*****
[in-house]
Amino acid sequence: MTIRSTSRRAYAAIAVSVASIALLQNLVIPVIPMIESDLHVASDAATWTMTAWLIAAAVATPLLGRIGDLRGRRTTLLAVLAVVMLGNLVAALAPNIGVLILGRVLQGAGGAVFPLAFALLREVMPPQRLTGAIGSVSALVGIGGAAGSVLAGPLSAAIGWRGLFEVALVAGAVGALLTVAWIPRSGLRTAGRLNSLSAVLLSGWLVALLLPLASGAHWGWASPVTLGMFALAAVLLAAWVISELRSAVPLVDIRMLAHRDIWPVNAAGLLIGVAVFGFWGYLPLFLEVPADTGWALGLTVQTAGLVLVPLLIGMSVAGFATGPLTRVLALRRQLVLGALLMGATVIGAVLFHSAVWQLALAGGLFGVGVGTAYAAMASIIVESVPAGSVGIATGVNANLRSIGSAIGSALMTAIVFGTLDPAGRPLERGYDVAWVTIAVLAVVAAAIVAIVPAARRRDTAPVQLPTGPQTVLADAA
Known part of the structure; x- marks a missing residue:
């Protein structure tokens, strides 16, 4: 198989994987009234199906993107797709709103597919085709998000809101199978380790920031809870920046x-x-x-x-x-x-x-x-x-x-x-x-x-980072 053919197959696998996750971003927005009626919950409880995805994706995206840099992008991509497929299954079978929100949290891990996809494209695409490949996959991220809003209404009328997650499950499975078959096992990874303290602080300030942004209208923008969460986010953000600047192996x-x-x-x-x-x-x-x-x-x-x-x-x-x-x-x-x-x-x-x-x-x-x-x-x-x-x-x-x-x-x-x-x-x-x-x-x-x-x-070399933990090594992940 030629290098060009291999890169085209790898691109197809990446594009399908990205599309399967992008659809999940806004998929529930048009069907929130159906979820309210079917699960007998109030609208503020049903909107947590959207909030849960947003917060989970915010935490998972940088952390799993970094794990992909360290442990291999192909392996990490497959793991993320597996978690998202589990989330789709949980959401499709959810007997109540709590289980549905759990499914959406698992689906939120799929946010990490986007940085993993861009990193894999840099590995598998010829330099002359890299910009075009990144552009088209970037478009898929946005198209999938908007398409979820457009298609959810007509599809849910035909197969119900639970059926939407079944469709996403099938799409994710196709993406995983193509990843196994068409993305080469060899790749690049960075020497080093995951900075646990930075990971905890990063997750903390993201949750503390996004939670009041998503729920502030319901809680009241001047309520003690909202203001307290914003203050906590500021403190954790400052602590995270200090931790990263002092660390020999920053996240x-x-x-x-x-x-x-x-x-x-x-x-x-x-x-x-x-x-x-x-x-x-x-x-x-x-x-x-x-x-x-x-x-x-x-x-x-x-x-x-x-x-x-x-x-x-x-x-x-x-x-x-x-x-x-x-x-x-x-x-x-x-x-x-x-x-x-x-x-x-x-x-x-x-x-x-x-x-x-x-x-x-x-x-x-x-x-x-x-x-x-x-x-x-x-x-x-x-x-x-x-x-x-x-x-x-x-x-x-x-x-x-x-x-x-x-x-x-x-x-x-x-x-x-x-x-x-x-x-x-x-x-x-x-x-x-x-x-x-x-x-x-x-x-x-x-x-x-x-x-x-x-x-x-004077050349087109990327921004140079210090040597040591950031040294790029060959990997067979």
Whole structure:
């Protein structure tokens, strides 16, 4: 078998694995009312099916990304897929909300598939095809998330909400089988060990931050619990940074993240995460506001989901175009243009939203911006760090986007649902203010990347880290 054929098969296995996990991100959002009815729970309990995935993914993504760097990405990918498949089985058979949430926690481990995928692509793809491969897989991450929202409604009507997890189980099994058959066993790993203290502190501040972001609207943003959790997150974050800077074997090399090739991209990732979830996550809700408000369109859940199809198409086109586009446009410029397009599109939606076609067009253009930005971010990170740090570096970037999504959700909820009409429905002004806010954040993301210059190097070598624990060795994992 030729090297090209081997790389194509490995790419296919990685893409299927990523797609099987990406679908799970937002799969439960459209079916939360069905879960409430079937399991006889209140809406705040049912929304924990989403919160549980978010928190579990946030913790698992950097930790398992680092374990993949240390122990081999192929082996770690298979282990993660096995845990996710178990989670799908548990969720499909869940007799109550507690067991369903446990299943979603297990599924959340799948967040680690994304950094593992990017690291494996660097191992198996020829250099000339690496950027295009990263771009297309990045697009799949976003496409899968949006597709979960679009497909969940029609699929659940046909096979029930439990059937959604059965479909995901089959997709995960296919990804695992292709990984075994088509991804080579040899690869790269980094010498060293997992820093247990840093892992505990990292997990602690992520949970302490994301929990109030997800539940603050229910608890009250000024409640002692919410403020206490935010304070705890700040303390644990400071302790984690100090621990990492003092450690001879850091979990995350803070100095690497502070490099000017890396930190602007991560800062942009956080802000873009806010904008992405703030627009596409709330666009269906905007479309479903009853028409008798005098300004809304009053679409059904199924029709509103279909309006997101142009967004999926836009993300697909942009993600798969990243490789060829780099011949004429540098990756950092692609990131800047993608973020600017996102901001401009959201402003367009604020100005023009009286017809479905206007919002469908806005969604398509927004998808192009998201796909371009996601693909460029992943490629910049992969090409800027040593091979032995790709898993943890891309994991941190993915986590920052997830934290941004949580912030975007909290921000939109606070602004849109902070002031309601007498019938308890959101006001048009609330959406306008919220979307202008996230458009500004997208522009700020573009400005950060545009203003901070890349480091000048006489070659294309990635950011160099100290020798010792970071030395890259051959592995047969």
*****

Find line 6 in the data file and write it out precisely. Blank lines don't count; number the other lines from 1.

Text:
């Protein structure tokens, strides 16, 4: 078998694995009312099916990304897929909300598939095809998330909400089988060990931050619990940074993240995460506001989901175009243009939203911006760090986007649902203010990347880290 054929098969296995996990991100959002009815729970309990995935993914993504760097990405990918498949089985058979949430926690481990995928692509793809491969897989991450929202409604009507997890189980099994058959066993790993203290502190501040972001609207943003959790997150974050800077074997090399090739991209990732979830996550809700408000369109859940199809198409086109586009446009410029397009599109939606076609067009253009930005971010990170740090570096970037999504959700909820009409429905002004806010954040993301210059190097070598624990060795994992 030729090297090209081997790389194509490995790419296919990685893409299927990523797609099987990406679908799970937002799969439960459209079916939360069905879960409430079937399991006889209140809406705040049912929304924990989403919160549980978010928190579990946030913790698992950097930790398992680092374990993949240390122990081999192929082996770690298979282990993660096995845990996710178990989670799908548990969720499909869940007799109550507690067991369903446990299943979603297990599924959340799948967040680690994304950094593992990017690291494996660097191992198996020829250099000339690496950027295009990263771009297309990045697009799949976003496409899968949006597709979960679009497909969940029609699929659940046909096979029930439990059937959604059965479909995901089959997709995960296919990804695992292709990984075994088509991804080579040899690869790269980094010498060293997992820093247990840093892992505990990292997990602690992520949970302490994301929990109030997800539940603050229910608890009250000024409640002692919410403020206490935010304070705890700040303390644990400071302790984690100090621990990492003092450690001879850091979990995350803070100095690497502070490099000017890396930190602007991560800062942009956080802000873009806010904008992405703030627009596409709330666009269906905007479309479903009853028409008798005098300004809304009053679409059904199924029709509103279909309006997101142009967004999926836009993300697909942009993600798969990243490789060829780099011949004429540098990756950092692609990131800047993608973020600017996102901001401009959201402003367009604020100005023009009286017809479905206007919002469908806005969604398509927004998808192009998201796909371009996601693909460029992943490629910049992969090409800027040593091979032995790709898993943890891309994991941190993915986590920052997830934290941004949580912030975007909290921000939109606070602004849109902070002031309601007498019938308890959101006001048009609330959406306008919220979307202008996230458009500004997208522009700020573009400005950060545009203003901070890349480091000048006489070659294309990635950011160099100290020798010792970071030395890259051959592995047969």